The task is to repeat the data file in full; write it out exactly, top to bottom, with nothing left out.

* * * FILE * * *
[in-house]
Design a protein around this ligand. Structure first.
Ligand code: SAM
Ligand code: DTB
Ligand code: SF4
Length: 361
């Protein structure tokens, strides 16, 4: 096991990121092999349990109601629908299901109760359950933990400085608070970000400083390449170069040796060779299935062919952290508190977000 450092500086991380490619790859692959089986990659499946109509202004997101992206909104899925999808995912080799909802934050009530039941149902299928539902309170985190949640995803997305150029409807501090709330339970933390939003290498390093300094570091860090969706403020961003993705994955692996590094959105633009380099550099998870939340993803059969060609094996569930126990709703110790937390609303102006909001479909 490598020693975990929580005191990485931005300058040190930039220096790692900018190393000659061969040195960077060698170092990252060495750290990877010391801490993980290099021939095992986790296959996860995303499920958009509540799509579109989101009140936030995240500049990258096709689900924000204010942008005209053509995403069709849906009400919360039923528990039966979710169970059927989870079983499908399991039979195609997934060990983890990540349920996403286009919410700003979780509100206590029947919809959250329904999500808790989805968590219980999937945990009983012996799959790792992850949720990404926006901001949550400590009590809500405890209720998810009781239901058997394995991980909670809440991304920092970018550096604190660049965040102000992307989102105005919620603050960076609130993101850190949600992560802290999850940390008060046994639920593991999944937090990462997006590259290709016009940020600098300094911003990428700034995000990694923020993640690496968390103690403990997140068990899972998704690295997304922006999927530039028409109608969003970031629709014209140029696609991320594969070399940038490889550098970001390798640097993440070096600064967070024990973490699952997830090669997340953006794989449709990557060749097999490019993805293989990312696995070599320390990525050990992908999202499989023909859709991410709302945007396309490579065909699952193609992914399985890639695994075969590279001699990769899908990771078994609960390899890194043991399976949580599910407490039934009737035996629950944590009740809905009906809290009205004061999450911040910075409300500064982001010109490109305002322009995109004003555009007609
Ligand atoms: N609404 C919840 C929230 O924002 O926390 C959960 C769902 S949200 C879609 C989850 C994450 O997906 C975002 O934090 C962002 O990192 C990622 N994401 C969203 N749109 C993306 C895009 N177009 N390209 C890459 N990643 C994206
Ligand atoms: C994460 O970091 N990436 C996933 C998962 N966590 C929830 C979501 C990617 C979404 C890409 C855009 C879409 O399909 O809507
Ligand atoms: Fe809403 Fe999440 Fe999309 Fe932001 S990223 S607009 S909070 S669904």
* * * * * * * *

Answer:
[in-house]
Design a protein around this ligand. Structure first.
Ligand code: SAM
Ligand code: DTB
Ligand code: SF4
Length: 361
């Protein structure tokens, strides 16, 4: 096991990121092999349990109601629908299901109760359950933990400085608070970000400083390449170069040796060779299935062919952290508190977000 450092500086991380490619790859692959089986990659499946109509202004997101992206909104899925999808995912080799909802934050009530039941149902299928539902309170985190949640995803997305150029409807501090709330339970933390939003290498390093300094570091860090969706403020961003993705994955692996590094959105633009380099550099998870939340993803059969060609094996569930126990709703110790937390609303102006909001479909 490598020693975990929580005191990485931005300058040190930039220096790692900018190393000659061969040195960077060698170092990252060495750290990877010391801490993980290099021939095992986790296959996860995303499920958009509540799509579109989101009140936030995240500049990258096709689900924000204010942008005209053509995403069709849906009400919360039923528990039966979710169970059927989870079983499908399991039979195609997934060990983890990540349920996403286009919410700003979780509100206590029947919809959250329904999500808790989805968590219980999937945990009983012996799959790792992850949720990404926006901001949550400590009590809500405890209720998810009781239901058997394995991980909670809440991304920092970018550096604190660049965040102000992307989102105005919620603050960076609130993101850190949600992560802290999850940390008060046994639920593991999944937090990462997006590259290709016009940020600098300094911003990428700034995000990694923020993640690496968390103690403990997140068990899972998704690295997304922006999927530039028409109608969003970031629709014209140029696609991320594969070399940038490889550098970001390798640097993440070096600064967070024990973490699952997830090669997340953006794989449709990557060749097999490019993805293989990312696995070599320390990525050990992908999202499989023909859709991410709302945007396309490579065909699952193609992914399985890639695994075969590279001699990769899908990771078994609960390899890194043991399976949580599910407490039934009737035996629950944590009740809905009906809290009205004061999450911040910075409300500064982001010109490109305002322009995109004003555009007609
Ligand atoms: N609404 C919840 C929230 O924002 O926390 C959960 C769902 S949200 C879609 C989850 C994450 O997906 C975002 O934090 C962002 O990192 C990622 N994401 C969203 N749109 C993306 C895009 N177009 N390209 C890459 N990643 C994206
Ligand atoms: C994460 O970091 N990436 C996933 C998962 N966590 C929830 C979501 C990617 C979404 C890409 C855009 C879409 O399909 O809507
Ligand atoms: Fe809403 Fe999440 Fe999309 Fe932001 S990223 S607009 S909070 S669904």